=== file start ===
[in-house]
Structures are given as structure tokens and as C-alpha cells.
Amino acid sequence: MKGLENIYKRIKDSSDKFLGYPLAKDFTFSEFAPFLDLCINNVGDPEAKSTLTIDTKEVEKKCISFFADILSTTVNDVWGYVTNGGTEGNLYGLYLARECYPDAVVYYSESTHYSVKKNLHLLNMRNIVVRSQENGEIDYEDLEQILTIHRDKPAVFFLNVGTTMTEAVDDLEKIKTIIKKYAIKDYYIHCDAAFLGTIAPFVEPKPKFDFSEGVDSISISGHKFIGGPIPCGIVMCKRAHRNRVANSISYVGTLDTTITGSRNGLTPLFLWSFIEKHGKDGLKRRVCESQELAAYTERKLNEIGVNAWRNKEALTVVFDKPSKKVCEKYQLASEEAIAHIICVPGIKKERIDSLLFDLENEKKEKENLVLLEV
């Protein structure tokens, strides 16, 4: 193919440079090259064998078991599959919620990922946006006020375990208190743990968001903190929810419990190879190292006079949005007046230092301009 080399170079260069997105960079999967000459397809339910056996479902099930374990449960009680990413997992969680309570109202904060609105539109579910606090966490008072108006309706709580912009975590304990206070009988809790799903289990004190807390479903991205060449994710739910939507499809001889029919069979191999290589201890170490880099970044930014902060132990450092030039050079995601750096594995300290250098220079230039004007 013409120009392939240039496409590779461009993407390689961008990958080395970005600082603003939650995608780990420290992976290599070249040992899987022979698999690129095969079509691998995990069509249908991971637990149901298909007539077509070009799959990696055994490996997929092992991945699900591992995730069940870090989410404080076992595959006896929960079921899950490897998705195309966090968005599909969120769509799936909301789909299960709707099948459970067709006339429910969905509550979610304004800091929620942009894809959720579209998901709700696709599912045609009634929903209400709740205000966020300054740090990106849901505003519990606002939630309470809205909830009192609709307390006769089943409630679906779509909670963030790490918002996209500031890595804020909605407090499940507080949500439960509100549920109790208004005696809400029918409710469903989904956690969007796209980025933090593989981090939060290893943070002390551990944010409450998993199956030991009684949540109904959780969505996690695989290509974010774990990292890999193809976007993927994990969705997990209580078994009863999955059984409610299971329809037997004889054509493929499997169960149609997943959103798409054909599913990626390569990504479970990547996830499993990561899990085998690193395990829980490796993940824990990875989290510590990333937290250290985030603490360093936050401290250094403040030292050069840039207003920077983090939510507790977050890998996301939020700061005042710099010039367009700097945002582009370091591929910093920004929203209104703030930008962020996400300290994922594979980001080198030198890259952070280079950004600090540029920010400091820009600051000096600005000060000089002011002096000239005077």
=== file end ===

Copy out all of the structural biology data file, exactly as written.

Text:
[in-house]
Structures are given as structure tokens and as C-alpha cells.
Amino acid sequence: MKGLENIYKRIKDSSDKFLGYPLAKDFTFSEFAPFLDLCINNVGDPEAKSTLTIDTKEVEKKCISFFADILSTTVNDVWGYVTNGGTEGNLYGLYLARECYPDAVVYYSESTHYSVKKNLHLLNMRNIVVRSQENGEIDYEDLEQILTIHRDKPAVFFLNVGTTMTEAVDDLEKIKTIIKKYAIKDYYIHCDAAFLGTIAPFVEPKPKFDFSEGVDSISISGHKFIGGPIPCGIVMCKRAHRNRVANSISYVGTLDTTITGSRNGLTPLFLWSFIEKHGKDGLKRRVCESQELAAYTERKLNEIGVNAWRNKEALTVVFDKPSKKVCEKYQLASEEAIAHIICVPGIKKERIDSLLFDLENEKKEKENLVLLEV
């Protein structure tokens, strides 16, 4: 193919440079090259064998078991599959919620990922946006006020375990208190743990968001903190929810419990190879190292006079949005007046230092301009 080399170079260069997105960079999967000459397809339910056996479902099930374990449960009680990413997992969680309570109202904060609105539109579910606090966490008072108006309706709580912009975590304990206070009988809790799903289990004190807390479903991205060449994710739910939507499809001889029919069979191999290589201890170490880099970044930014902060132990450092030039050079995601750096594995300290250098220079230039004007 013409120009392939240039496409590779461009993407390689961008990958080395970005600082603003939650995608780990420290992976290599070249040992899987022979698999690129095969079509691998995990069509249908991971637990149901298909007539077509070009799959990696055994490996997929092992991945699900591992995730069940870090989410404080076992595959006896929960079921899950490897998705195309966090968005599909969120769509799936909301789909299960709707099948459970067709006339429910969905509550979610304004800091929620942009894809959720579209998901709700696709599912045609009634929903209400709740205000966020300054740090990106849901505003519990606002939630309470809205909830009192609709307390006769089943409630679906779509909670963030790490918002996209500031890595804020909605407090499940507080949500439960509100549920109790208004005696809400029918409710469903989904956690969007796209980025933090593989981090939060290893943070002390551990944010409450998993199956030991009684949540109904959780969505996690695989290509974010774990990292890999193809976007993927994990969705997990209580078994009863999955059984409610299971329809037997004889054509493929499997169960149609997943959103798409054909599913990626390569990504479970990547996830499993990561899990085998690193395990829980490796993940824990990875989290510590990333937290250290985030603490360093936050401290250094403040030292050069840039207003920077983090939510507790977050890998996301939020700061005042710099010039367009700097945002582009370091591929910093920004929203209104703030930008962020996400300290994922594979980001080198030198890259952070280079950004600090540029920010400091820009600051000096600005000060000089002011002096000239005077």